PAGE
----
The school year starts here all over the country this week so I thought it might be a good time to talk about a subject that’s often on the minds of French students: learning to speak English. Generally, children around age 10 to 11 receive their first formal lessons of “the language of Shakespeare” as it’s called here, in that transition time between elementary and middle school. Our young neighbor and her classmates are also learning Spanish at the same time which seems wise since half of the 2.5 million visitors that Carcassonne hosts annually come from our neighbor south of the border. It continues to amaze us that seemingly anyone involved in the tourist industry here speaks a minimum of 2 languages, if not 3. On the flip side, we recently had a conversation with a taxi driver who was astonished that we were speaking to him in French despite being Americans since that was contrary to all of his experience with any of his passengers who had arrived from the US. Read the rest of this entry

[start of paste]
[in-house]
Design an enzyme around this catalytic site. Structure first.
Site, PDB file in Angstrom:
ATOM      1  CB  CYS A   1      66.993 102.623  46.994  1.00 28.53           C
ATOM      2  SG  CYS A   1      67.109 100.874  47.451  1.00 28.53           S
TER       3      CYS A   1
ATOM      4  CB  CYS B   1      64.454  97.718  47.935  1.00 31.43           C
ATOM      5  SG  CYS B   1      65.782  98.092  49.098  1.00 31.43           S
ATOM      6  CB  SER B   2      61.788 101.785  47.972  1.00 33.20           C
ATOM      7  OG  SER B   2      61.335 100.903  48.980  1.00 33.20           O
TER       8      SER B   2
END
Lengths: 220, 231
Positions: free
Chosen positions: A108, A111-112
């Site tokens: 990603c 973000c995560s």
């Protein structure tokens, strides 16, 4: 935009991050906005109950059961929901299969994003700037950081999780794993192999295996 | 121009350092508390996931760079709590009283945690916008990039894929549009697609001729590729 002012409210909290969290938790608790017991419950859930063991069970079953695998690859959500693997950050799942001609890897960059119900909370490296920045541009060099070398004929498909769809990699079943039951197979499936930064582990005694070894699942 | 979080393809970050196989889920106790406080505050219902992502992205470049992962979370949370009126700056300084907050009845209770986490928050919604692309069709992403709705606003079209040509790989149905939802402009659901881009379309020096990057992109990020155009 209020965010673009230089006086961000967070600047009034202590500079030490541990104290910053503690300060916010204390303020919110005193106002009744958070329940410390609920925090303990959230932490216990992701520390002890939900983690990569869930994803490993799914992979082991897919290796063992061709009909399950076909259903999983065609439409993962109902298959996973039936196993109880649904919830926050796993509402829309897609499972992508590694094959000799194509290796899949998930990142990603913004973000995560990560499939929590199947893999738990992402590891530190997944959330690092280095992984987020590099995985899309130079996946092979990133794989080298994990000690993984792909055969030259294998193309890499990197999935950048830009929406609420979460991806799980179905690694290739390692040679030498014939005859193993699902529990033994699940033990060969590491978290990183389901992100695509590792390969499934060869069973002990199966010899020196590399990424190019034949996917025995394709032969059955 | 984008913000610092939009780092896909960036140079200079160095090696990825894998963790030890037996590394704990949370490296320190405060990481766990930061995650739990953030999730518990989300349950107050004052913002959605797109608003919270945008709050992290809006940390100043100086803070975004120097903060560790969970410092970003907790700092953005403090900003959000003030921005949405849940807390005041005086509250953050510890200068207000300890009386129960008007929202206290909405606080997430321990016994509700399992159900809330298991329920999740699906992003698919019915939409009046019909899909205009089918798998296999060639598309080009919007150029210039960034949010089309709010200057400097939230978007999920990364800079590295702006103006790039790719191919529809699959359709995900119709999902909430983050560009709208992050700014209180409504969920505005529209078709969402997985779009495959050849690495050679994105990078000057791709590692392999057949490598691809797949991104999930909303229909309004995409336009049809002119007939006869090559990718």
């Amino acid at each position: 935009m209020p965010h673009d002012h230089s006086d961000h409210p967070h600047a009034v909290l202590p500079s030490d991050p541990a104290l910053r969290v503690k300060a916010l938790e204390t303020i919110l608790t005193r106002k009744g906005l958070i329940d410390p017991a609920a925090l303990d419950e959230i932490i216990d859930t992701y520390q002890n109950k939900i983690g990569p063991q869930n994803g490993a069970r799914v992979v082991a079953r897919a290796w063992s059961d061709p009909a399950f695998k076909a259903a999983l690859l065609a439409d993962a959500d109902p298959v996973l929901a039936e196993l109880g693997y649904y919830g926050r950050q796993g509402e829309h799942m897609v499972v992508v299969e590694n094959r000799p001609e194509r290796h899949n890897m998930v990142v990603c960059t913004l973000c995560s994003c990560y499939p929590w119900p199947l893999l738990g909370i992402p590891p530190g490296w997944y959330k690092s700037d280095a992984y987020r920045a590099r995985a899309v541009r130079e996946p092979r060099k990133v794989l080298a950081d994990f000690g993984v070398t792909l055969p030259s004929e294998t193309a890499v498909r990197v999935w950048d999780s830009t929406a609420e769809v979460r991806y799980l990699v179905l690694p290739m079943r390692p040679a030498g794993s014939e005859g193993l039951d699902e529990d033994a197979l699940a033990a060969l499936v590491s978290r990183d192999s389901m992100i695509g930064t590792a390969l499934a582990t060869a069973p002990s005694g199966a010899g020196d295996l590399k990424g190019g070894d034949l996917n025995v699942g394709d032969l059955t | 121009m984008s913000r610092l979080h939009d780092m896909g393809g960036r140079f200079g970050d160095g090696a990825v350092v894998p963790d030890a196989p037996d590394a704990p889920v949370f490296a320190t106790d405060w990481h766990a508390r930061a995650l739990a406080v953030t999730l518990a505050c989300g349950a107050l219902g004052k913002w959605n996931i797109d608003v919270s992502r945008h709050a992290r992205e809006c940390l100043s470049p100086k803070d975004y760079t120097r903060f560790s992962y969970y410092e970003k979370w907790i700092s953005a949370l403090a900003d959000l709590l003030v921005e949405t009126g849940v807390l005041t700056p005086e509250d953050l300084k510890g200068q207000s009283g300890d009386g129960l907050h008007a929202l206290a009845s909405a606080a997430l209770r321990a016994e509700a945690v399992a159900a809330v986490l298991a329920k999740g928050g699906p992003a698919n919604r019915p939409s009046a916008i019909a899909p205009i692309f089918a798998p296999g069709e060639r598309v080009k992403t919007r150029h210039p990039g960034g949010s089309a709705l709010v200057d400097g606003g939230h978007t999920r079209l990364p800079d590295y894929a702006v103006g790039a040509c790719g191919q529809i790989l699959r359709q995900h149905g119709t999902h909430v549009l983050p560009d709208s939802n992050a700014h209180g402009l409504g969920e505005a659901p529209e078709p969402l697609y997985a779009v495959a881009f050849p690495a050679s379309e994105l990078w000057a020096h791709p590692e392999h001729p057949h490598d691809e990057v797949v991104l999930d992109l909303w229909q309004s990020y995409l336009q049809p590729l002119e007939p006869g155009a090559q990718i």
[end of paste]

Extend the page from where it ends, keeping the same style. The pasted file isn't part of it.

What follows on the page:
Turn the other cheek

Ruby red lips in a shop window

When you move to another country there’s a whole lot more to learn that just the language. Under the general heading of “culture” you might find food and dining habits, daily routines, and social interactions, for example. In that latter category we discovered something that initially was totally foreign to us: a kiss on the cheek (more like an air kiss while touching cheeks in most cases ) when meeting up with friends. I still laugh when I remember a comment from French teacher Géraldine who said that the one way to scare the heck out of a French person is to hug them. Bill and I probably terrified a bunch of people here before we learned the fine art of the bisou and now there’s even a website to help.